This is probably old news to most people here, but I have only recently been using this technique heavily.
I do a lot of live recording of 2 - 16 tracks, tracking during the live performance and then mixing later. In the ideal case, when I get to my Cubase studio, I can find a mix that works for all the songs recorded in the show. That’s the ideal case. In the real world, there are always variations throughout the program. A singer might get very tight on a mic at one point and not so close at other times, for example. A woodwind player might alternately use the same mic for alto sax and flute. Many variations.
For years, my workflow was to try to get a good average mix, then use envelopes extensively to deal with the variations. Envelopes work well for what they are designed to do, but most of my adjustments are rougher and don’t really need the tedium of envelopes. Another drawback with envelopes is that once I add an envelope, I can no longer use the motorized faders on my track surface for overall mix adjustments, because the faders move with the envelopes.
For my kind of project, a much faster workflow for those varying tracks is to use alt-click to split the problem tracks at key points. Then I can simply use the event-level volume handle and the job is done.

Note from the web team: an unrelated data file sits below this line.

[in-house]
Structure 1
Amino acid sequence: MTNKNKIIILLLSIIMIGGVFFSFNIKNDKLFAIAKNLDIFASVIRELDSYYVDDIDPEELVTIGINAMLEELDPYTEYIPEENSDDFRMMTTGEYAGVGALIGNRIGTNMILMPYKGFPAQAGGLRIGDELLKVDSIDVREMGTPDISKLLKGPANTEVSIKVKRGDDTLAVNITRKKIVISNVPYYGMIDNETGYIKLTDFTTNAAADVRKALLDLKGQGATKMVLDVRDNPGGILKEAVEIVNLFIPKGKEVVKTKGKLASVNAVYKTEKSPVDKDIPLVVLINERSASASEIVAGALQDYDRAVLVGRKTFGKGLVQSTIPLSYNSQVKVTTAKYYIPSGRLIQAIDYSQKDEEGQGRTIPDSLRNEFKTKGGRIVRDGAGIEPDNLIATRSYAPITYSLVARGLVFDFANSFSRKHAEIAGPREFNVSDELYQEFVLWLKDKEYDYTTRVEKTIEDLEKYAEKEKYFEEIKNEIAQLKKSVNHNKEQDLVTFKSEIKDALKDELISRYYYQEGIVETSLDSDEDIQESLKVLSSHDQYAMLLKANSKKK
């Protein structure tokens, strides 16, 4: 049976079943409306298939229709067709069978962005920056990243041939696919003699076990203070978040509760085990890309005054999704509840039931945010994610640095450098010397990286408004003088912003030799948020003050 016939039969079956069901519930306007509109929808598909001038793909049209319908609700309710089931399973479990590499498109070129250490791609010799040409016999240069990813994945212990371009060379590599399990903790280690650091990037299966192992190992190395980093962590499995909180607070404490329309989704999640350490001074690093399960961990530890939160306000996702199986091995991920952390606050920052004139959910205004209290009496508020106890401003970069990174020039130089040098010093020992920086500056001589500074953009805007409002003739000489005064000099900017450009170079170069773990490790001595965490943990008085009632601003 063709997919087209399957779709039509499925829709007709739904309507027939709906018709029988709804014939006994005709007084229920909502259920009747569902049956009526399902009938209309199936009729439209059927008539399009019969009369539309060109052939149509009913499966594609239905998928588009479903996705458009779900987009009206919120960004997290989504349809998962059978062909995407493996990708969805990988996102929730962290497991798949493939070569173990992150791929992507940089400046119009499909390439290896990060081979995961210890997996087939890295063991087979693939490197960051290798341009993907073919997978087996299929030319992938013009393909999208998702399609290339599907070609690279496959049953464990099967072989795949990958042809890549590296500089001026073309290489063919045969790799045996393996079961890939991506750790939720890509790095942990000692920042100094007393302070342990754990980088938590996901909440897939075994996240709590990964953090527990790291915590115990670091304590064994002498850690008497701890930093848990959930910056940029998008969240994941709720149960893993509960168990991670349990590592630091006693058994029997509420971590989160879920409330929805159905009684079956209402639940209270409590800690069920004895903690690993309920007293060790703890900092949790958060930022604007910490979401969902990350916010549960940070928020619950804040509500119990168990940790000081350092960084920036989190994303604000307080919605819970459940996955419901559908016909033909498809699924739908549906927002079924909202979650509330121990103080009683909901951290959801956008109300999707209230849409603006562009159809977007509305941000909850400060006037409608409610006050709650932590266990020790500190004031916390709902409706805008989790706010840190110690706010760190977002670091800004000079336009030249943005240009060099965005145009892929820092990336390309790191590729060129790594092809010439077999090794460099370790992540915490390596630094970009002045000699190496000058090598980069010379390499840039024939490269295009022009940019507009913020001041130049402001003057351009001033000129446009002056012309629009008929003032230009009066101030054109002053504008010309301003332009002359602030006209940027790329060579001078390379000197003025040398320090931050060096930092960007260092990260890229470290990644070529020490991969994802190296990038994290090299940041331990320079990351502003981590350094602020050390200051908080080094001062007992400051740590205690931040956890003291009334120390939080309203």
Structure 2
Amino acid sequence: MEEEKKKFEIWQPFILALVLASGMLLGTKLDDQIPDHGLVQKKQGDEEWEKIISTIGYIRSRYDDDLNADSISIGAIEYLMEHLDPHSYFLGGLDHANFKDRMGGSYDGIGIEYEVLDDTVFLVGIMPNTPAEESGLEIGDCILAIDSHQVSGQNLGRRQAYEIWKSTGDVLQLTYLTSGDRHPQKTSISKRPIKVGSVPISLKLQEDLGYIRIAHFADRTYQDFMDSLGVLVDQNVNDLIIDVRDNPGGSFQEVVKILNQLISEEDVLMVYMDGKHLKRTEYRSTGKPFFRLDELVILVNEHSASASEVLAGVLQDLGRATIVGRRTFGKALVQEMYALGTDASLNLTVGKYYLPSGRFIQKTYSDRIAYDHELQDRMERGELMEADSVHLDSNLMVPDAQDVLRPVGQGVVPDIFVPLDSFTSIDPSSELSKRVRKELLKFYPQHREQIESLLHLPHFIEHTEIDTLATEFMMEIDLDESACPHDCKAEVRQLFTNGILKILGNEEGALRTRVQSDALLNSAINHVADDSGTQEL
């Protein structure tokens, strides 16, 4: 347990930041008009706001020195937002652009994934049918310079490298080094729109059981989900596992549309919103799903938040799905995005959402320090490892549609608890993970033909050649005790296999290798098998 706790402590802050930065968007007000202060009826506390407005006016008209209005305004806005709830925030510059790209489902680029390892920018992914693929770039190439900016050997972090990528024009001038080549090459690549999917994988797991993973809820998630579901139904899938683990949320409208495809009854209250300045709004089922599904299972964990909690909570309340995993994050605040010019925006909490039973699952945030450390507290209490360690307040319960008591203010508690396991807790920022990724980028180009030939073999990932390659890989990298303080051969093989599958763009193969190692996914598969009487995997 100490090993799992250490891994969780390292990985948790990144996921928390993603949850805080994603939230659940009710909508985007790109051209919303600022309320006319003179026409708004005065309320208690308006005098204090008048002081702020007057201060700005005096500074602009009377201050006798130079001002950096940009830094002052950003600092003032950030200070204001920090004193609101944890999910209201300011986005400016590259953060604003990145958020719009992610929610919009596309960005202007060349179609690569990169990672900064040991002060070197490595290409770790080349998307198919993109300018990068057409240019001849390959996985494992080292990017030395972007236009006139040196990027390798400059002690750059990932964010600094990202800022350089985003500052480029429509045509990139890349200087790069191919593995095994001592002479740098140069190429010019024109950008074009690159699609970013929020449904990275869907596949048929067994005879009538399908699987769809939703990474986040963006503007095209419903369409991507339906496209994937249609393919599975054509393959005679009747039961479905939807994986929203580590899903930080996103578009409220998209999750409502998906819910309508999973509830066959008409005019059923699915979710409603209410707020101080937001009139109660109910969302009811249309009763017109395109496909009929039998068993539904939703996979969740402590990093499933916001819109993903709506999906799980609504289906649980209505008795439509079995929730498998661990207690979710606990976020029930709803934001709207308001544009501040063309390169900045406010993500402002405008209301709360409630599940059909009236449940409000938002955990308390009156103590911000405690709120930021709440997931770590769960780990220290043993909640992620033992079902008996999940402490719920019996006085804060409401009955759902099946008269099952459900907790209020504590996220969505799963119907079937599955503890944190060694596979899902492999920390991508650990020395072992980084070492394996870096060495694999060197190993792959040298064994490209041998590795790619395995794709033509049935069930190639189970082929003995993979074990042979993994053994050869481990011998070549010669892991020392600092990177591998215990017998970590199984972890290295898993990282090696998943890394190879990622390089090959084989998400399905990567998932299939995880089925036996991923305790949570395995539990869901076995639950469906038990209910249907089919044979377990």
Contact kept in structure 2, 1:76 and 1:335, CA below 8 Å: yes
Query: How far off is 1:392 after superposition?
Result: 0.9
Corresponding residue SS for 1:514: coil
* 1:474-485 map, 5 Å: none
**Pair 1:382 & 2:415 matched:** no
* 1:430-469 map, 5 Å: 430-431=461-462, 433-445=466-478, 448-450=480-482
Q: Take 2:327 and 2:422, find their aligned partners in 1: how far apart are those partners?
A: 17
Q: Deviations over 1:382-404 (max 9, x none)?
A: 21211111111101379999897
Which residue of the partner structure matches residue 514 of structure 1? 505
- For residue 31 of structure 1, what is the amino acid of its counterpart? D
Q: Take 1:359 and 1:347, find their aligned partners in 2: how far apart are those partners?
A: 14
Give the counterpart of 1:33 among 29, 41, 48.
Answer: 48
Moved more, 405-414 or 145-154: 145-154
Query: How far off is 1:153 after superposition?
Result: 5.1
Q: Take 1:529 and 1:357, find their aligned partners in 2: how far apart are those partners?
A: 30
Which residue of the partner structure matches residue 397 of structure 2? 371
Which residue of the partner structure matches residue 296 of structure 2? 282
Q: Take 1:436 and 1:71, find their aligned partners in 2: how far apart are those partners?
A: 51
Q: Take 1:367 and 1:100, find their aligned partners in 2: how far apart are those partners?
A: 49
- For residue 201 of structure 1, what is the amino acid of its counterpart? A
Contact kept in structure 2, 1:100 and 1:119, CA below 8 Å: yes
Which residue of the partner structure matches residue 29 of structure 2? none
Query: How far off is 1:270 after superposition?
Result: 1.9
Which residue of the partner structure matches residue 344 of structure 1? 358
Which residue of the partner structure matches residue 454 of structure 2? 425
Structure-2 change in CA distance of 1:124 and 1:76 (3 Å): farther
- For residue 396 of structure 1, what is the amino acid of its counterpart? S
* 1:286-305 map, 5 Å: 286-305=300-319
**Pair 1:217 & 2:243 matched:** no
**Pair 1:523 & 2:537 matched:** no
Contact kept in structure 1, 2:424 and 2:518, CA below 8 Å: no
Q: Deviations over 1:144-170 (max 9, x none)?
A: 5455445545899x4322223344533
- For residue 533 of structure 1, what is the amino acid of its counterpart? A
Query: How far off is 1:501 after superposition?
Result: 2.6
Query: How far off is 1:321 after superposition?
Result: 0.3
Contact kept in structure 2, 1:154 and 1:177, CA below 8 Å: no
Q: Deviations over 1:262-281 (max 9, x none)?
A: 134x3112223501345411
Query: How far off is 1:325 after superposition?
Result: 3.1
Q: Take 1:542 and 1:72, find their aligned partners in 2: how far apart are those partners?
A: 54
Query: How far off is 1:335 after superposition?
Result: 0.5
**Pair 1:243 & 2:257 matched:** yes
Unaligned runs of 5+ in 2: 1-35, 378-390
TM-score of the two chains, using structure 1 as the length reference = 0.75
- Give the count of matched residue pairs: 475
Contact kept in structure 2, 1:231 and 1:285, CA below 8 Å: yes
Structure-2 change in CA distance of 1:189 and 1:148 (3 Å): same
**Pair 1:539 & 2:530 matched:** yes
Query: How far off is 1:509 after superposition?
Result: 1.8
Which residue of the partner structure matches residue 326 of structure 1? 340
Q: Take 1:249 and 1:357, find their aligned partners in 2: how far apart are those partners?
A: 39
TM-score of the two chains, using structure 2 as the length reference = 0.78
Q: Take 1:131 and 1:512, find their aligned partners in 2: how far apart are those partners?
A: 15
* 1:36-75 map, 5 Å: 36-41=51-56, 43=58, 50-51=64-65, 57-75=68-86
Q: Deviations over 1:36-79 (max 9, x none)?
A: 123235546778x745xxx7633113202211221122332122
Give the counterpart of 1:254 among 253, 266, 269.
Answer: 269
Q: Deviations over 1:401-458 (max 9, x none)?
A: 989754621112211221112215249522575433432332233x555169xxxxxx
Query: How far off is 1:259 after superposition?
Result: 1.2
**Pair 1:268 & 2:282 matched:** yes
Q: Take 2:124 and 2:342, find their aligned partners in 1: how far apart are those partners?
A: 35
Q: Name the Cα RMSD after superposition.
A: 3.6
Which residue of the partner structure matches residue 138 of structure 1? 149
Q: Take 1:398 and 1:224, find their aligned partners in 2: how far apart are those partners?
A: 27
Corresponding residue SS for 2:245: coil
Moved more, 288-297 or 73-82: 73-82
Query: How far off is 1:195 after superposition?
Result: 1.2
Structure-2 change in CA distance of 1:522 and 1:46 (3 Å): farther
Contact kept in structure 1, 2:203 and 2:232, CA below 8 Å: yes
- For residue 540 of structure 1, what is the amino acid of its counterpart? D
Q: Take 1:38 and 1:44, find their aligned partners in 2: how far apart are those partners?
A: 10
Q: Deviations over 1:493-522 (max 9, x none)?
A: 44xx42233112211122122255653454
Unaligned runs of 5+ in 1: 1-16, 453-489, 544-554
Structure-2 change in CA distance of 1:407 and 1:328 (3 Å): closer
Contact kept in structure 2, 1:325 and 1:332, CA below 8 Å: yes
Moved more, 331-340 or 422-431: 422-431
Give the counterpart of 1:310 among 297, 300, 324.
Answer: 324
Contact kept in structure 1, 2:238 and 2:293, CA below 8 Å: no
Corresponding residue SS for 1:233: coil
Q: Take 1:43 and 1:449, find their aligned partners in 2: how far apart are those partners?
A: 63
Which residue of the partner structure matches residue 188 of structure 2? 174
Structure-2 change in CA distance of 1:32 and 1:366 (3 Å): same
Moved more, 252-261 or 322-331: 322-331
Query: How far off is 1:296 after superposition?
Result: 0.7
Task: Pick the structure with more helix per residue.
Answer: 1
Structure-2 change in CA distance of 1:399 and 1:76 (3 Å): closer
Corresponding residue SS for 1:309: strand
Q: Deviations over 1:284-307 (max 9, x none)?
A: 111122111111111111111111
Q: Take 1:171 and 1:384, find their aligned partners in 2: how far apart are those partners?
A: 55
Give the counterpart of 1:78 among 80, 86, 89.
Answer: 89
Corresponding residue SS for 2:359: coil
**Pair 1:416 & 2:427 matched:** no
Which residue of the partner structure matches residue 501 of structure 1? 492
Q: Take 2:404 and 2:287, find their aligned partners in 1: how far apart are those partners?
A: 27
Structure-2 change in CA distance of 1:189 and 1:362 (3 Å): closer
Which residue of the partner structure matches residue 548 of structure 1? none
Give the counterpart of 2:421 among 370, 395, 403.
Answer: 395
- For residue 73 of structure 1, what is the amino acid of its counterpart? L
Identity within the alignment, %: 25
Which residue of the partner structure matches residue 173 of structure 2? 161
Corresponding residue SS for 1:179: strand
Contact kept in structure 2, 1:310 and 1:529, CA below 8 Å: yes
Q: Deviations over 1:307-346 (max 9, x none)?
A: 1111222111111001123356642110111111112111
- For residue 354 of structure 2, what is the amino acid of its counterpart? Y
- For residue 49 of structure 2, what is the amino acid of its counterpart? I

Two examples from my latest project:
The singer was only on 1/3 of the tunes and within each song, she sang only about half the time. With a few quick alt-clicks, I can separate the sung verses, and then delete the sections where she isn’t singing, reducing the mud in the mix. And then it is really quick to adjust her level on each chorus if necessary.
There was a harmonica player. I had a good level, but for some reason, on the last tune he was about 10 dB hotter on the first verse and 13 dB hotter on the chorus. A couple of alt-clicks and a quick drag of the volume handle on the events fixed the problem.
I know this is simplistic, but for me, this is way faster than using envelopes, and it does exactly what I need in 95% of the cases.